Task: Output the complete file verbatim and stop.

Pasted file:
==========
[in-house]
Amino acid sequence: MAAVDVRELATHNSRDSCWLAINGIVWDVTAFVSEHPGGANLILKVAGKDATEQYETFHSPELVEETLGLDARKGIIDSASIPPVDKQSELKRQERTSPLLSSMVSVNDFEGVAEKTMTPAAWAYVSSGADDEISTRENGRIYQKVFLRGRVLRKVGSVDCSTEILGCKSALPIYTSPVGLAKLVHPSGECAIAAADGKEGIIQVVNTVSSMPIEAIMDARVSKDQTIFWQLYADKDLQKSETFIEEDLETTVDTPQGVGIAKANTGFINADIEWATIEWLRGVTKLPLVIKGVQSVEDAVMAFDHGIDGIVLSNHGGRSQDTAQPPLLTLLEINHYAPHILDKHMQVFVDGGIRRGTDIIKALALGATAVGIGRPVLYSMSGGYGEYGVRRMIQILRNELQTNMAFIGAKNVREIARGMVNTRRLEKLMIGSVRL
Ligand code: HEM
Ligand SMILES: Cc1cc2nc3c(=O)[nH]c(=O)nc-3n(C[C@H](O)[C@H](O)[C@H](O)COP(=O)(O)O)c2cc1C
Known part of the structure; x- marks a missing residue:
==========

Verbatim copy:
[in-house]
Amino acid sequence: MAAVDVRELATHNSRDSCWLAINGIVWDVTAFVSEHPGGANLILKVAGKDATEQYETFHSPELVEETLGLDARKGIIDSASIPPVDKQSELKRQERTSPLLSSMVSVNDFEGVAEKTMTPAAWAYVSSGADDEISTRENGRIYQKVFLRGRVLRKVGSVDCSTEILGCKSALPIYTSPVGLAKLVHPSGECAIAAADGKEGIIQVVNTVSSMPIEAIMDARVSKDQTIFWQLYADKDLQKSETFIEEDLETTVDTPQGVGIAKANTGFINADIEWATIEWLRGVTKLPLVIKGVQSVEDAVMAFDHGIDGIVLSNHGGRSQDTAQPPLLTLLEINHYAPHILDKHMQVFVDGGIRRGTDIIKALALGATAVGIGRPVLYSMSGGYGEYGVRRMIQILRNELQTNMAFIGAKNVREIARGMVNTRRLEKLMIGSVRL
Ligand code: HEM
Ligand SMILES: Cc1cc2nc3c(=O)[nH]c(=O)nc-3n(C[C@H](O)[C@H](O)[C@H](O)COP(=O)(O)O)c2cc1C
Known part of the structure; x- marks a missing residue: